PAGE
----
Sunday, December 04, 2005

Participant Cap on Colorado Bike Events

When I visited the Tyler Hamilton Foundation site today I saw a link to Bicycle Colorado for the latest information on the event participation cap the Colorado State Patrol are putting into effect. The State Patrol is saying that bicycle events need to be capped at 2,500 participants for safety concerns. This is a huge blow to many of the big charity rides in that state.

The reply to Bicycle Colorado from the State Patrol states, among other things, "This policy is not punitive, as we are not limiting the number of events a promotor wishes to sponsor." That's all well and good, but there is a little flaw in that logic.

For the sake of arguement, let's say that a big event splits into two events to accomodate all of the participants they have had in the past. And let's assume that sponsors and participants will still be involved with this split event held on different days. Will this not give more of a chance for an accident to happen? For residents and/or motorists to get completely frustrated that their normal route is being blocked by cyclists for two days or weekends in a row and complain to authorities? And will this not potentially create additional ill-will between cyclists and motorists when there doesn't need to be a reason in many cases?

I understand the State Patrol's reasoning behind this new rule; they want all cyclists to be safe. That is a great goal! However, they are imposing additional financial hardships on events, many of which are in place to aid charities. Some of these events will not survive because of this new rule. Less participants means less money raised. Less participants also means less sponsorship dollars. Splitting events into different days probably means less participants and less sponsors, too. It also means more of a cost for organizers with additional permits (including from the Colorado State Patrol), equipment rental time, insurance and, yes, paid police details.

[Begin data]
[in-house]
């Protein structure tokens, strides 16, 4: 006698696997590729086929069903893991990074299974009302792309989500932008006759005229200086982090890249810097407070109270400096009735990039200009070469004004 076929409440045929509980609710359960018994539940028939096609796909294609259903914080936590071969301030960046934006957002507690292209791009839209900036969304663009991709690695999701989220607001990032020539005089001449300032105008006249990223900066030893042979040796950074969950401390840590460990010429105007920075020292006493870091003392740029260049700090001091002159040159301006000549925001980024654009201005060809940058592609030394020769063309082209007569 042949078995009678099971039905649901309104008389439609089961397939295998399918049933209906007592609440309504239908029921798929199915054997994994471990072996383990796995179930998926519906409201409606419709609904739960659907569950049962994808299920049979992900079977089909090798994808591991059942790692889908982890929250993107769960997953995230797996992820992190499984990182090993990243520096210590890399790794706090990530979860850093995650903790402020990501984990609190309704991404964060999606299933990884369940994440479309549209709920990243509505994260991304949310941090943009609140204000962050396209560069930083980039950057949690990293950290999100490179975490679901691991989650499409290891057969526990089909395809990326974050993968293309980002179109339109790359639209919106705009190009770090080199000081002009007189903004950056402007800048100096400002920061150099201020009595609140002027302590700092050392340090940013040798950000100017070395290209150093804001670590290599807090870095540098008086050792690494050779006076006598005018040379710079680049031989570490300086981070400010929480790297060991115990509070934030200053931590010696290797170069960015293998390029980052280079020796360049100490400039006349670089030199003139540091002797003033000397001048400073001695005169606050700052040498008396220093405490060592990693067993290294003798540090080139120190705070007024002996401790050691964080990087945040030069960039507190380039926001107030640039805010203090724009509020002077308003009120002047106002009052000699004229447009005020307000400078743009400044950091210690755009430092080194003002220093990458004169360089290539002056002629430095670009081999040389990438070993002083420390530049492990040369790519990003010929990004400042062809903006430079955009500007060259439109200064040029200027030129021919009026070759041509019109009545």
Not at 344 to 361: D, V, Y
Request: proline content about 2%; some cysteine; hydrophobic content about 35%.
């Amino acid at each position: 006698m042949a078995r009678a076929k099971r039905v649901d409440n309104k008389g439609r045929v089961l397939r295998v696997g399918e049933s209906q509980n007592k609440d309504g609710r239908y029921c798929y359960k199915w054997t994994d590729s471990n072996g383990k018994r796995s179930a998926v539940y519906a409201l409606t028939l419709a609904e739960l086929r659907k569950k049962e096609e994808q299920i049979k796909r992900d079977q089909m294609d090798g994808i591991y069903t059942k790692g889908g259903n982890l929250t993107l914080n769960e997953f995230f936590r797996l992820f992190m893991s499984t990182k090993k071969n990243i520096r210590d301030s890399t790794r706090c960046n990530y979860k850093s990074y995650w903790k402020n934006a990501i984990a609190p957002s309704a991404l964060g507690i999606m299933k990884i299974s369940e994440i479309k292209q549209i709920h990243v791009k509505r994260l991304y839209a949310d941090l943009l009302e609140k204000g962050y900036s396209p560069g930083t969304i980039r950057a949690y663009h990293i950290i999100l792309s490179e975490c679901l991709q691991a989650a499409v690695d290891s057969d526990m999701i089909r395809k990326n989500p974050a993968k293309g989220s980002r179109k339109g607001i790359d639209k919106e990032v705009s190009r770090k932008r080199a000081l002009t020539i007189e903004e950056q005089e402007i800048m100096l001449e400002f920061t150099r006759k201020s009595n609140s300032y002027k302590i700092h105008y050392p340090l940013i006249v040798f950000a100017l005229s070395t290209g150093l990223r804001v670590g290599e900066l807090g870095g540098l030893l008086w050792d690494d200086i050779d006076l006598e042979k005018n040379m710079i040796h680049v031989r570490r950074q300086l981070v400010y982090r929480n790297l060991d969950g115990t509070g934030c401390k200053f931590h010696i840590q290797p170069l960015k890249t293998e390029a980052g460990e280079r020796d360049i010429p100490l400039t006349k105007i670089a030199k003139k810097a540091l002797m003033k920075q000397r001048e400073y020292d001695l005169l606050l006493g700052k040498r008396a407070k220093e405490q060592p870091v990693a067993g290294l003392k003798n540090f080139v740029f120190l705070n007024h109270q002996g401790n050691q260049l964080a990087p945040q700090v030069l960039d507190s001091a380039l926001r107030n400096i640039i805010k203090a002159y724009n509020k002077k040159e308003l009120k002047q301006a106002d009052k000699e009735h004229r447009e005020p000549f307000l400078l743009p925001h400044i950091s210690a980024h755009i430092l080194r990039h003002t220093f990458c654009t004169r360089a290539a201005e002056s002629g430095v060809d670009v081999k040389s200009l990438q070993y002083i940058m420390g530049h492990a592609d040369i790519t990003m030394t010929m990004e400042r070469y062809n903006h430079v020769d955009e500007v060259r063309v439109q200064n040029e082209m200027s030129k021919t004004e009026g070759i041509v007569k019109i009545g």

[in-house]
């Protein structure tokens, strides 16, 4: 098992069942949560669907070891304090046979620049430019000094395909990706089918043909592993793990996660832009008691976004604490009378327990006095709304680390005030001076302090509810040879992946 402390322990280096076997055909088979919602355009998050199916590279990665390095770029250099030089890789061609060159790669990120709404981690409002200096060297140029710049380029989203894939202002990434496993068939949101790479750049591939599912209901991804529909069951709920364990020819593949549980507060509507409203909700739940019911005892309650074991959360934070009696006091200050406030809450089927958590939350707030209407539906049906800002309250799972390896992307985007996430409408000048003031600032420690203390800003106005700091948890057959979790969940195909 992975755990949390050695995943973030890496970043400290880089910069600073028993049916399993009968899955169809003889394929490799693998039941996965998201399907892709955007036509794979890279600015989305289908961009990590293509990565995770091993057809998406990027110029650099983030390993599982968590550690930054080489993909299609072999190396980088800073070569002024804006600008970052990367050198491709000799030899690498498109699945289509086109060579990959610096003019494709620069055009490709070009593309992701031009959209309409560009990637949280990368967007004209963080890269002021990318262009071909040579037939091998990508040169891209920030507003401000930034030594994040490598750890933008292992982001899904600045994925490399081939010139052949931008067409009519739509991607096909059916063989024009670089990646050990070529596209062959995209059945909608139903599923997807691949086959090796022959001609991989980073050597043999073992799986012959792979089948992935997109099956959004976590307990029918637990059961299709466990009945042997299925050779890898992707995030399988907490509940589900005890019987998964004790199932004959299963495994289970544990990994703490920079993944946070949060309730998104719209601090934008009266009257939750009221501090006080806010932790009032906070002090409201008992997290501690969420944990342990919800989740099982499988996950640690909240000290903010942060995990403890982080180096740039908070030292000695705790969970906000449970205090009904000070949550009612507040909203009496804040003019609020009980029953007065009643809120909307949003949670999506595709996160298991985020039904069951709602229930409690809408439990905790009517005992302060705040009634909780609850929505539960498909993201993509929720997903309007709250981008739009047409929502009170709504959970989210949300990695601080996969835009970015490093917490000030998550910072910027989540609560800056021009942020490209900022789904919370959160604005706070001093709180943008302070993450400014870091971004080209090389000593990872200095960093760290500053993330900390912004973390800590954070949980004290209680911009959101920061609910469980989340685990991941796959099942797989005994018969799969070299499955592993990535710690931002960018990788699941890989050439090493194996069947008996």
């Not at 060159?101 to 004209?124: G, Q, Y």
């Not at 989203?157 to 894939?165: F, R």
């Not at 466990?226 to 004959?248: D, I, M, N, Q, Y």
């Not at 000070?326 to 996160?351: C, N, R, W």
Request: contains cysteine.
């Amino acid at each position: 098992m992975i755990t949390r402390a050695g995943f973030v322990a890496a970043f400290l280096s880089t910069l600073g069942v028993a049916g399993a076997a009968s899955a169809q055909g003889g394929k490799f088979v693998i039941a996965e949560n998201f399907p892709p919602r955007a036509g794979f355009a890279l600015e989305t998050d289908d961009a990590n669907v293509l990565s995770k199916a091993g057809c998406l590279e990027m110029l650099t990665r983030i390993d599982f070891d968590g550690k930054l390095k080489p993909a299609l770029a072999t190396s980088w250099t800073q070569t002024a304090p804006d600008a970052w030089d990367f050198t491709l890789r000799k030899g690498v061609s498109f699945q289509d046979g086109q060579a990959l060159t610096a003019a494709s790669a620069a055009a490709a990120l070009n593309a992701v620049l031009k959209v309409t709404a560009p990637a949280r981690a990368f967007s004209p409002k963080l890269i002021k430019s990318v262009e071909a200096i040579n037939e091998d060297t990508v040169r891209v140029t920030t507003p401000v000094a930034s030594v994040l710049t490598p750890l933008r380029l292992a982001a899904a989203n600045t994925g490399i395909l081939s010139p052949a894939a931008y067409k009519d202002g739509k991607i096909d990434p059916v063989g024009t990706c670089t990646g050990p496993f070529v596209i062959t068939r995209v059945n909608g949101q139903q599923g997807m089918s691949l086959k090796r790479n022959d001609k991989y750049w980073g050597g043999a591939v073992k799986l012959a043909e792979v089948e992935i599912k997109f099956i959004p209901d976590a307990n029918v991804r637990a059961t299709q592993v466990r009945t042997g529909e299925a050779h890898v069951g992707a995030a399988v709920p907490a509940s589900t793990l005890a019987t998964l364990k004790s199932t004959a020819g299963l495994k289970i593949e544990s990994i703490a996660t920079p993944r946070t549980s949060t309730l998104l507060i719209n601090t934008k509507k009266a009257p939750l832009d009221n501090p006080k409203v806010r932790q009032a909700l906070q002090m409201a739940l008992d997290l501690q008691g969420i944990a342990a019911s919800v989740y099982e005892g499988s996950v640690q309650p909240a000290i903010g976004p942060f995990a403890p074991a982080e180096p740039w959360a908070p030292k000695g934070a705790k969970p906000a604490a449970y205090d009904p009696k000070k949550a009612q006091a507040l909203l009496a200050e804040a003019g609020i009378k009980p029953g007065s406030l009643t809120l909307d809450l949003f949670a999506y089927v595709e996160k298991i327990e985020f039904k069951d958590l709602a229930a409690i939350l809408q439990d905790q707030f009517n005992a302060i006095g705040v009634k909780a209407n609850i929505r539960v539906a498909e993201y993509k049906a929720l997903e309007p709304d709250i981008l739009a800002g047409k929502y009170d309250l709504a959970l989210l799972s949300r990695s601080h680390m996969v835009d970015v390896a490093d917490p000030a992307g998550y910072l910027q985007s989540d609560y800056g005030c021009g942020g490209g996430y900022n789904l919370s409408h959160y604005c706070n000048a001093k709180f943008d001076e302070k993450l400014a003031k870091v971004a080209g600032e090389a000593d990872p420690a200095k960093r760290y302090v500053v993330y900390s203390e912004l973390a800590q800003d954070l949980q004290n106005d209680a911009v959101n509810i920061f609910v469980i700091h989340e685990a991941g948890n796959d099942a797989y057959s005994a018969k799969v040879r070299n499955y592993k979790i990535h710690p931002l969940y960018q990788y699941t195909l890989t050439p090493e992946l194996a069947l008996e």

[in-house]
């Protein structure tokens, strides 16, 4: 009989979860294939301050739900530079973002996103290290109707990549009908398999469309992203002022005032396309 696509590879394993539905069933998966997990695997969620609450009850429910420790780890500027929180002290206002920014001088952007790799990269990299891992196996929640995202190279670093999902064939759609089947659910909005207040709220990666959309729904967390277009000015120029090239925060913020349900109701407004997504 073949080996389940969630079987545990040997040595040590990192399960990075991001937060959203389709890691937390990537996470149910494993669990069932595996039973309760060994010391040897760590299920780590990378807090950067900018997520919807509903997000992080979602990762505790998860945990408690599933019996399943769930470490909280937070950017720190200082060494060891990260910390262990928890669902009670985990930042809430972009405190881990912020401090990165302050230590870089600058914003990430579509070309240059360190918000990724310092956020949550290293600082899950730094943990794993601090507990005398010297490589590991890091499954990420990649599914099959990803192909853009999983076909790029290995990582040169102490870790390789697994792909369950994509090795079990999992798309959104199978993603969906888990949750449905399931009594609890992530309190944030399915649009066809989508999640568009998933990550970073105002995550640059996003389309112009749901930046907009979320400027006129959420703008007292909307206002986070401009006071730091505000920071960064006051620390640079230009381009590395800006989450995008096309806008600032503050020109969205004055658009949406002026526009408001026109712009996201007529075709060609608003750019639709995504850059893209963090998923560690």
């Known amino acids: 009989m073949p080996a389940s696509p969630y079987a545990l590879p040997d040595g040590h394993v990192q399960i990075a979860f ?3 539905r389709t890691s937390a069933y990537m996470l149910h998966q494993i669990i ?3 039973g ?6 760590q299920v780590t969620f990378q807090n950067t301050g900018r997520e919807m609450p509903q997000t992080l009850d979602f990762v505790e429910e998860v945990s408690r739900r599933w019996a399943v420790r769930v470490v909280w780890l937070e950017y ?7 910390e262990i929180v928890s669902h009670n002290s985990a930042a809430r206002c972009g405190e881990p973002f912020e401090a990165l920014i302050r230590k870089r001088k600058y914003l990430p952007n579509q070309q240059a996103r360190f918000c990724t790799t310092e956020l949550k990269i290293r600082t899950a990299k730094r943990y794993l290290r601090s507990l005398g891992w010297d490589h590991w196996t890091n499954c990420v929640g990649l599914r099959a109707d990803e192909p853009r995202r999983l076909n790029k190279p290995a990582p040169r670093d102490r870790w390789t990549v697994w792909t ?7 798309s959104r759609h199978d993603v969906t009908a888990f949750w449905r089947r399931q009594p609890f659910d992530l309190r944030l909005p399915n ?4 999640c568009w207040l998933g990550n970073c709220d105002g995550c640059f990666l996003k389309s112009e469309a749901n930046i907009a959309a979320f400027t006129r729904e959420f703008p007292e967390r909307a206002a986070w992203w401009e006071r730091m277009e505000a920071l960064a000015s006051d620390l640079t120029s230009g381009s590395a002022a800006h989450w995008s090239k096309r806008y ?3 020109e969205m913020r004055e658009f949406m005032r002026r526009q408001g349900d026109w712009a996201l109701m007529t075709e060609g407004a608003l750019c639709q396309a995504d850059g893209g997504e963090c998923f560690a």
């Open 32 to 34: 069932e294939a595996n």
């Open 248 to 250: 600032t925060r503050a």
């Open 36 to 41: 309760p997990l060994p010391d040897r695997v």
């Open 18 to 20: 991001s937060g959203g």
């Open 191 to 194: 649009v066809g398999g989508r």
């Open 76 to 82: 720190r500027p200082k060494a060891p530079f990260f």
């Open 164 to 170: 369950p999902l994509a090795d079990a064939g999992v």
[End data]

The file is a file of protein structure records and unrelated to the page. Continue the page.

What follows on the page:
If you live in Colorado swing by the Bicycle Colorado site and sign the petition. Let's all hope there is a compromise that can be reached for the good of all cyclists and their safety.

Thanks for stopping by.


Fritz said...

Hi Donna,

There is no safety issue. CSP Chief Mark Trostel came right out and said that the problem is cyclists impeding traffic. He did agree last Friday to "study the issue" after meeting with several state legislators who criticized his unilateral decision. All interested people -- inside and outside Colorado -- should still sign the petition to let the CSP know that we want nothing less than a permanent decision against the large event ban.

Donna Tocci said...

Hey, Fritz! Thanks for the additional info. Let's hope there is a good and fair compromise after they 'study' the issue further.

Tim Jackson- Masi Guy said...

It seems "funny" to me that this is all happening in one of the best cycling states in the country- it just seems totally counter intuitive.

Fritz said...

Tim, I think it might be backlash on the part of some LEOs. Cycling is popular enough here to cause some traffic problems.

I live and ride in Boulder County and it's not unusual to see several hundred riders out on a nice day. They'll get clustered up near popular destinations like some mountain towns. Some drivers get impatient and a little resentful about having to wait their turn. Think of it as a CM ride, except it's on rural mountain roads.

I like Pat O'Grady's rant about the topic last Friday. He wrote, "Fess up, guys. Which one of you flipped Trostel the bird when he honked at you while you rode three abreast on some shoulderless Douglas County two-laner?"